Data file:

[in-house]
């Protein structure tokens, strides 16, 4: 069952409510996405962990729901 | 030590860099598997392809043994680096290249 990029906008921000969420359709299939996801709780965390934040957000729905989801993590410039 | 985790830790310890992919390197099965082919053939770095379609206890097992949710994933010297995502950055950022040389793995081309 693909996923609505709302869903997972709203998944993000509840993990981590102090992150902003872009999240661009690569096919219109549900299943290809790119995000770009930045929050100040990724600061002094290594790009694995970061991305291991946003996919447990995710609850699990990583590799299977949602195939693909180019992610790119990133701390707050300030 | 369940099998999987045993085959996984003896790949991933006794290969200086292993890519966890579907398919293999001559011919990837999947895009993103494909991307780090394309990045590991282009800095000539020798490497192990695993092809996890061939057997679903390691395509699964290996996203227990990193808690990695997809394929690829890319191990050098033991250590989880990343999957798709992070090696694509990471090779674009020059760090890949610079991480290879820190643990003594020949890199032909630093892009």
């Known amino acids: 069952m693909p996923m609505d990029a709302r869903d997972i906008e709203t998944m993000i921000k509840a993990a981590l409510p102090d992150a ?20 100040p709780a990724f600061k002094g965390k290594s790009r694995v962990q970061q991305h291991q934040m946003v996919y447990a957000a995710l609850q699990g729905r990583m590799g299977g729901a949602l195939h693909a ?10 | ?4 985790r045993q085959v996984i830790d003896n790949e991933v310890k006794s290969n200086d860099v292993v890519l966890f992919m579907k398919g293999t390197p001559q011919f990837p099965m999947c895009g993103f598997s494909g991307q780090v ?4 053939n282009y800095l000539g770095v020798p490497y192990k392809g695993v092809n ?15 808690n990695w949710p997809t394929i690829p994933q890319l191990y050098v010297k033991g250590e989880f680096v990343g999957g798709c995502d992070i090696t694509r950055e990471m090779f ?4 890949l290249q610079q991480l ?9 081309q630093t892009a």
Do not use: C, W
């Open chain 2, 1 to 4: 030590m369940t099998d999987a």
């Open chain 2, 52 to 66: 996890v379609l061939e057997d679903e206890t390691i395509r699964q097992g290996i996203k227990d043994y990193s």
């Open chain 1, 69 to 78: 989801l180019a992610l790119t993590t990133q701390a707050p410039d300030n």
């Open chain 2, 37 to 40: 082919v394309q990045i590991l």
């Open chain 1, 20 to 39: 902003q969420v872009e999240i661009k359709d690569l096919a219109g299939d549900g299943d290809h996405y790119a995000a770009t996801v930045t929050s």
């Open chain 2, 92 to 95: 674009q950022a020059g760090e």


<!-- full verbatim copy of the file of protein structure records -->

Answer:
[in-house]
């Protein structure tokens, strides 16, 4: 069952409510996405962990729901 | 030590860099598997392809043994680096290249 990029906008921000969420359709299939996801709780965390934040957000729905989801993590410039 | 985790830790310890992919390197099965082919053939770095379609206890097992949710994933010297995502950055950022040389793995081309 693909996923609505709302869903997972709203998944993000509840993990981590102090992150902003872009999240661009690569096919219109549900299943290809790119995000770009930045929050100040990724600061002094290594790009694995970061991305291991946003996919447990995710609850699990990583590799299977949602195939693909180019992610790119990133701390707050300030 | 369940099998999987045993085959996984003896790949991933006794290969200086292993890519966890579907398919293999001559011919990837999947895009993103494909991307780090394309990045590991282009800095000539020798490497192990695993092809996890061939057997679903390691395509699964290996996203227990990193808690990695997809394929690829890319191990050098033991250590989880990343999957798709992070090696694509990471090779674009020059760090890949610079991480290879820190643990003594020949890199032909630093892009």
């Known amino acids: 069952m693909p996923m609505d990029a709302r869903d997972i906008e709203t998944m993000i921000k509840a993990a981590l409510p102090d992150a ?20 100040p709780a990724f600061k002094g965390k290594s790009r694995v962990q970061q991305h291991q934040m946003v996919y447990a957000a995710l609850q699990g729905r990583m590799g299977g729901a949602l195939h693909a ?10 | ?4 985790r045993q085959v996984i830790d003896n790949e991933v310890k006794s290969n200086d860099v292993v890519l966890f992919m579907k398919g293999t390197p001559q011919f990837p099965m999947c895009g993103f598997s494909g991307q780090v ?4 053939n282009y800095l000539g770095v020798p490497y192990k392809g695993v092809n ?15 808690n990695w949710p997809t394929i690829p994933q890319l191990y050098v010297k033991g250590e989880f680096v990343g999957g798709c995502d992070i090696t694509r950055e990471m090779f ?4 890949l290249q610079q991480l ?9 081309q630093t892009a």
Do not use: C, W
């Open chain 2, 1 to 4: 030590m369940t099998d999987a």
């Open chain 2, 52 to 66: 996890v379609l061939e057997d679903e206890t390691i395509r699964q097992g290996i996203k227990d043994y990193s």
């Open chain 1, 69 to 78: 989801l180019a992610l790119t993590t990133q701390a707050p410039d300030n």
């Open chain 2, 37 to 40: 082919v394309q990045i590991l």
């Open chain 1, 20 to 39: 902003q969420v872009e999240i661009k359709d690569l096919a219109g299939d549900g299943d290809h996405y790119a995000a770009t996801v930045t929050s």
């Open chain 2, 92 to 95: 674009q950022a020059g760090e």